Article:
Many incentive or bonus plans make payments or deliver stocks within two and a half months after the end of the year in which a participant becomes vested in order to comply with the short-term deferral exception of Code Section 409A.

However, some incentive plans provide for accumulations, multi-year periods and mandatory deferrals. These plans may unwittingly become subject to ERISA’s requirements.

Take the recent federal court decision in Miller v. Olsen, 62 EBC 1845 (D. Or. 2016).

In Miller v. Olsen, the company had established an incentive plan known as the Equity Growth Plan. The federal courts have uniformly held that equity-based compensation plans are not subject to ERISA’s vesting and other requirements. Additionally, ERISA contains a separate exception for “bonus” plans:

§ 2510.3-2(c) Bonus Program. For purposes of title I of the Act and this chapter, the terms “employee pension benefit plan” and “pension plan” shall not include payments made by an employer to some or all of its employees as bonuses for work performed, unless such payments are systematically deferred to the termination of covered employment or beyond, or so as to provide retirement income to employees.

But under the company’s Equity Growth Plan, future payouts were to be made in cash, based on the appreciation in the value of a single property owned and managed by the company.

[Image credit: Bloomberg]
[Image credit: Bloomberg]

In the case, the court found that the Equity Growth Plan was not subject to ERISA because (1) its express terms do not contemplate a method of funding; (2) its express terms do not contemplate an ongoing administrative scheme; and (3) its primary purpose is not to provide deferred compensation. Good for them. But in other cases, with different facts, federal courts have ruled differently.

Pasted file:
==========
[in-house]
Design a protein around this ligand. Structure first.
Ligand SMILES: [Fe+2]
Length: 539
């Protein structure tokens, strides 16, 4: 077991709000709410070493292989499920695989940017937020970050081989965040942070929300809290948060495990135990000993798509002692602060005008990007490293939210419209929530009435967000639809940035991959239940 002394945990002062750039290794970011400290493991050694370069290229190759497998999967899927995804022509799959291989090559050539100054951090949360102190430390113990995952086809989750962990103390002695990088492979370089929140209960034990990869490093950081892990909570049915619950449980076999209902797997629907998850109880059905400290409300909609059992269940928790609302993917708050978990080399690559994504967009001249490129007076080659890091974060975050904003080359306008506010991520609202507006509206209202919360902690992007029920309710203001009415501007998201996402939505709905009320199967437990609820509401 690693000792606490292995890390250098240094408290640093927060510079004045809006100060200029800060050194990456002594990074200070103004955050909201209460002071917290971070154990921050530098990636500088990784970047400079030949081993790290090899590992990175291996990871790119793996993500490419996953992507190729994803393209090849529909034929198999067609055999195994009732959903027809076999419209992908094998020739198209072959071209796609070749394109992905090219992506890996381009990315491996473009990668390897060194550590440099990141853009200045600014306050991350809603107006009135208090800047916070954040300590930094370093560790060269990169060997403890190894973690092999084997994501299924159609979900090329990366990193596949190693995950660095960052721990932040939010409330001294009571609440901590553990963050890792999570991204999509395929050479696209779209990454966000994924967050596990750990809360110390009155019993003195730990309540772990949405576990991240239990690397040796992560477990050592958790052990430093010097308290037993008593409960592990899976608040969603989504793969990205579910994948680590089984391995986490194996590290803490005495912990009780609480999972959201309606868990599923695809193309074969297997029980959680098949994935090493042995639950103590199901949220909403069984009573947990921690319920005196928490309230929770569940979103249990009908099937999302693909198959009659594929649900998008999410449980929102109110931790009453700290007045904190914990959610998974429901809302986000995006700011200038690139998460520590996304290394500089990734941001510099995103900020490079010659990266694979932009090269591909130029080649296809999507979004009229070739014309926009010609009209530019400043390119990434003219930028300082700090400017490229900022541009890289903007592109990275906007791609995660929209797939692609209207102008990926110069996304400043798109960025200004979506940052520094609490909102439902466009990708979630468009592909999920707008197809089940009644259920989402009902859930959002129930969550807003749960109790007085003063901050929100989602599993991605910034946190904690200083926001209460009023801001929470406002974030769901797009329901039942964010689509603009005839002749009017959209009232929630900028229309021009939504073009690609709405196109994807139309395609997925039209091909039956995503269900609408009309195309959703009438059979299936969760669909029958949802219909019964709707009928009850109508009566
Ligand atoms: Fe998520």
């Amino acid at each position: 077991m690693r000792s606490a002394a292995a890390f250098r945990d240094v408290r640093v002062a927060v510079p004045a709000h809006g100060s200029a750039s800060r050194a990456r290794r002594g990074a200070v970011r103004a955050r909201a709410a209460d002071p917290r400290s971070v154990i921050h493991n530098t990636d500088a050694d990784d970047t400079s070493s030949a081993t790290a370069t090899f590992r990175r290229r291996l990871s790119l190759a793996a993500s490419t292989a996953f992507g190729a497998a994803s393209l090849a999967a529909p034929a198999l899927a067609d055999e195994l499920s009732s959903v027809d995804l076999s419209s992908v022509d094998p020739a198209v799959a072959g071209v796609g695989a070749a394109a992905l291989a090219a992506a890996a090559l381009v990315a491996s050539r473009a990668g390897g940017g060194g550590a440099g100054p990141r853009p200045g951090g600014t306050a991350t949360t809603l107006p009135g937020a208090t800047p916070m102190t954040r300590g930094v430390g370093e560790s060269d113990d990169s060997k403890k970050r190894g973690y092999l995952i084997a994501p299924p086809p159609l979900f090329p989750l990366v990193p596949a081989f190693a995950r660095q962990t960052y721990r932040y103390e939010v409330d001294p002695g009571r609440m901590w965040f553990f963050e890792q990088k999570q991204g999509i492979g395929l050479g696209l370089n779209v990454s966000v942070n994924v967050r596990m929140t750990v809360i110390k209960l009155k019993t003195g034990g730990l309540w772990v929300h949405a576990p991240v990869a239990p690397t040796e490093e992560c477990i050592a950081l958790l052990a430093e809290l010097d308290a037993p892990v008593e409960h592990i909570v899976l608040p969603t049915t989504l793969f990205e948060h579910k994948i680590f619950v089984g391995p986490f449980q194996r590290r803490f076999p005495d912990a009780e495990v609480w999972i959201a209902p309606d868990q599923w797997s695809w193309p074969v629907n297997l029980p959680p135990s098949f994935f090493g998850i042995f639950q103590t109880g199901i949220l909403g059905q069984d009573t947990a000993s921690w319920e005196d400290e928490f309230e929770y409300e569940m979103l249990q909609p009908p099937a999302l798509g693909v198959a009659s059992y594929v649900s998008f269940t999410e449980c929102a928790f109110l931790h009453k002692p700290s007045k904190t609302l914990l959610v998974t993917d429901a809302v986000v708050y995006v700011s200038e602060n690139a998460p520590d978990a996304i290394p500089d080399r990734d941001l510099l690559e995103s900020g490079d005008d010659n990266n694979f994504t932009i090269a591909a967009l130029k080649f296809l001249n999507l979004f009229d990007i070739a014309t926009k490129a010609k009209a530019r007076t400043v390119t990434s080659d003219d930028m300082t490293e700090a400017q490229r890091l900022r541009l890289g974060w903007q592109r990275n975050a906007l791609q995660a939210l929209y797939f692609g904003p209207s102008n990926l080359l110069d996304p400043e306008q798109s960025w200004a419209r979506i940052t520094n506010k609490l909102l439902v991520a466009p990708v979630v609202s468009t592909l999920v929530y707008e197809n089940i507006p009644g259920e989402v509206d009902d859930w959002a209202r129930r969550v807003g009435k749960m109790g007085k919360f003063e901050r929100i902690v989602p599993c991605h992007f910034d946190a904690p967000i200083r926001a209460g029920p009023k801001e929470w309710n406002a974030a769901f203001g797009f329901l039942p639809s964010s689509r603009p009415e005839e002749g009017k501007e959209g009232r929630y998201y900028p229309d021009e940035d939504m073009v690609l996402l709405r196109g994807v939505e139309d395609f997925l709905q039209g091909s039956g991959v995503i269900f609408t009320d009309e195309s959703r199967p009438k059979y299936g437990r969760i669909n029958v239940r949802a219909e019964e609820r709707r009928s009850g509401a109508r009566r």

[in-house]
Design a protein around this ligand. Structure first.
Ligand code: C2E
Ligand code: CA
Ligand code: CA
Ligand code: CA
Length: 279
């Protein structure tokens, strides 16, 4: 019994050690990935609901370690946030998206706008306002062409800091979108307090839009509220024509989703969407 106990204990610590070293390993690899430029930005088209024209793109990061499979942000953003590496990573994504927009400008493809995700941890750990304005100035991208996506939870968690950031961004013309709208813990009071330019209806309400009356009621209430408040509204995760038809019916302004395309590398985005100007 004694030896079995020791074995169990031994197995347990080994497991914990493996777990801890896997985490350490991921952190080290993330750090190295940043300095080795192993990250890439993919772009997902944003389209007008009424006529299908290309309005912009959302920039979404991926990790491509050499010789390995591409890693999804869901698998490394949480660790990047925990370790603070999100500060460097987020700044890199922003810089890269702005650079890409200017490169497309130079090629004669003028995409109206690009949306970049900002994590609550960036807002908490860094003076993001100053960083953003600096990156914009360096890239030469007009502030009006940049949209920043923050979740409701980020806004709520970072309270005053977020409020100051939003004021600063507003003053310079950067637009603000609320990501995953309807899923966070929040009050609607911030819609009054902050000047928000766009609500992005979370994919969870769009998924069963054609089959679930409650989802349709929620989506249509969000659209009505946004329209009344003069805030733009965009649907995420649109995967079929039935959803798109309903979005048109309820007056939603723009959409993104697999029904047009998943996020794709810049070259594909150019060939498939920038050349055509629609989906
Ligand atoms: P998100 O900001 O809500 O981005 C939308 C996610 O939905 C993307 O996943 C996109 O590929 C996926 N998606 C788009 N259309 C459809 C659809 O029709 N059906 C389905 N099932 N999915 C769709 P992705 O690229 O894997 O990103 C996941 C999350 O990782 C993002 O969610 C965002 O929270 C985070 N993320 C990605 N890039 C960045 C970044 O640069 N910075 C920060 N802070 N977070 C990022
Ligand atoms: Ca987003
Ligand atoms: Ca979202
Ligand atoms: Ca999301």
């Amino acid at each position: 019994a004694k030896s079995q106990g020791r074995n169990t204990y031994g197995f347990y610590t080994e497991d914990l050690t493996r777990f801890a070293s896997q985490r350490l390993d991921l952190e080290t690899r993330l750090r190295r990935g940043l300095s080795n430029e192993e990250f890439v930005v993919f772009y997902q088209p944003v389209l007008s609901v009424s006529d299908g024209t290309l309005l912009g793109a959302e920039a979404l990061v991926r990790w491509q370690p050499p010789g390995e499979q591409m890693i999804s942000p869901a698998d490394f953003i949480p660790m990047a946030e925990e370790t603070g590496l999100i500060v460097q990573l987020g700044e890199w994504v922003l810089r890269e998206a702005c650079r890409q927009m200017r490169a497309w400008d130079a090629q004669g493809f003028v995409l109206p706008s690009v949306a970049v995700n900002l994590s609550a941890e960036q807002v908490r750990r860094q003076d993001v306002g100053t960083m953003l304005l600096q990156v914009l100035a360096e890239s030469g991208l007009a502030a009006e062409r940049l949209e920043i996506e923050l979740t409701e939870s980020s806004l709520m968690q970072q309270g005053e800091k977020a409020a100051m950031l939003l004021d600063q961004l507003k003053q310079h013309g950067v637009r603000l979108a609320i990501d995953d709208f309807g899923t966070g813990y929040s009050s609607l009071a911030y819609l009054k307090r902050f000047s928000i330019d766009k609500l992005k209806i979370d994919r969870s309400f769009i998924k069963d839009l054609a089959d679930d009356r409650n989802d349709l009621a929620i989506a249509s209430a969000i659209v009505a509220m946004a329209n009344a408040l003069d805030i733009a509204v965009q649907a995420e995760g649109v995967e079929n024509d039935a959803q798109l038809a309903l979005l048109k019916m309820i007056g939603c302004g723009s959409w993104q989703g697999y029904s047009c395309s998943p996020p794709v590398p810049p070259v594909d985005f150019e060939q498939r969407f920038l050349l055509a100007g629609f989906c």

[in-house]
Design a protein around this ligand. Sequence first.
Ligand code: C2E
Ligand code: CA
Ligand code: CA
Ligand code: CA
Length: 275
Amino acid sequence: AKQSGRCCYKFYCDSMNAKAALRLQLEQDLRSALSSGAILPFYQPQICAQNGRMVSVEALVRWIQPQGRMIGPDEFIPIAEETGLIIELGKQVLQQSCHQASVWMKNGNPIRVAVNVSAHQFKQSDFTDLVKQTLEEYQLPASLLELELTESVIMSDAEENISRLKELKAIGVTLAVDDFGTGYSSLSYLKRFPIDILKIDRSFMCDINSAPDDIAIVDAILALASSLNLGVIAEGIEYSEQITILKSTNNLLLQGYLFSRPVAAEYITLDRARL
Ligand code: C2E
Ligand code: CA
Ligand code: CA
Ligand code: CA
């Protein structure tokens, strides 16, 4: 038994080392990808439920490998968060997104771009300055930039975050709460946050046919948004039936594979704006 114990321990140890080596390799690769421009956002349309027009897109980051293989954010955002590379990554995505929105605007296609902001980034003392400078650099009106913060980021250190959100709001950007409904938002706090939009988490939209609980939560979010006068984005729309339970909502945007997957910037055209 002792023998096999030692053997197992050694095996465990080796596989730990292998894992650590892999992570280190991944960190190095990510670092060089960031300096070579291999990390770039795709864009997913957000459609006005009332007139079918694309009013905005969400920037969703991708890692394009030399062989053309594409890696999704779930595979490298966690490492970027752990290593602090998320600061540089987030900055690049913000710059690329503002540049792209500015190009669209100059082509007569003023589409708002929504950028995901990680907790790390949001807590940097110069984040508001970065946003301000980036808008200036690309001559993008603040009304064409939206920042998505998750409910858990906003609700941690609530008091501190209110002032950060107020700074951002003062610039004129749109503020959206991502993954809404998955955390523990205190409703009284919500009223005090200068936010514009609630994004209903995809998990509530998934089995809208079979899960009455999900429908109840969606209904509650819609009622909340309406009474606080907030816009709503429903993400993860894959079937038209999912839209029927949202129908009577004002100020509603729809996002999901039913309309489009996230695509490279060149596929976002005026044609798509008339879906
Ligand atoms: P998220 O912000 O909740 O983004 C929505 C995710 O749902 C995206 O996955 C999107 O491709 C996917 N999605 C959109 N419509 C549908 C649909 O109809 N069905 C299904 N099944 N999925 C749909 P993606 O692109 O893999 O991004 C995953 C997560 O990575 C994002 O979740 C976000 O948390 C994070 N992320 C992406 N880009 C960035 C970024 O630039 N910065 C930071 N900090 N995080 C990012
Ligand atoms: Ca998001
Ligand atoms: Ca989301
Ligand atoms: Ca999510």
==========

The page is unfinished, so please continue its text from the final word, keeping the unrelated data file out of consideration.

What to look out for
Incentive plan arrangements that are in danger of being classified as ERISA plans often provide for payments that are accumulated rather than distributed and/or systematically deferred to the termination of covered employment or beyond. Employers should look out for a plan feature that expressly puts conditions on payment upon termination of employment or retirement.

Other relevant circumstances for determining whether an arrangement is an incentive or bonus plan — or compensation deferral program — include:

  1. Whether the arrangement's design results in a high percentage of bonus recipients to be at or nearly at retirement age;
  2. Whether the arrangement allows for payments of unvested amounts upon termination;
  3. Whether the plan is communicated to employees as an arrangement intended to provide retirement or deferred income;
  4. The length of the payout period; and
  5. Whether the bonus payments, by operation of the plan, are made to another type of retirement account such as an IRA.

Bonus plans may seem simple but they have a complexity and a set of requirements that warrant your attention.


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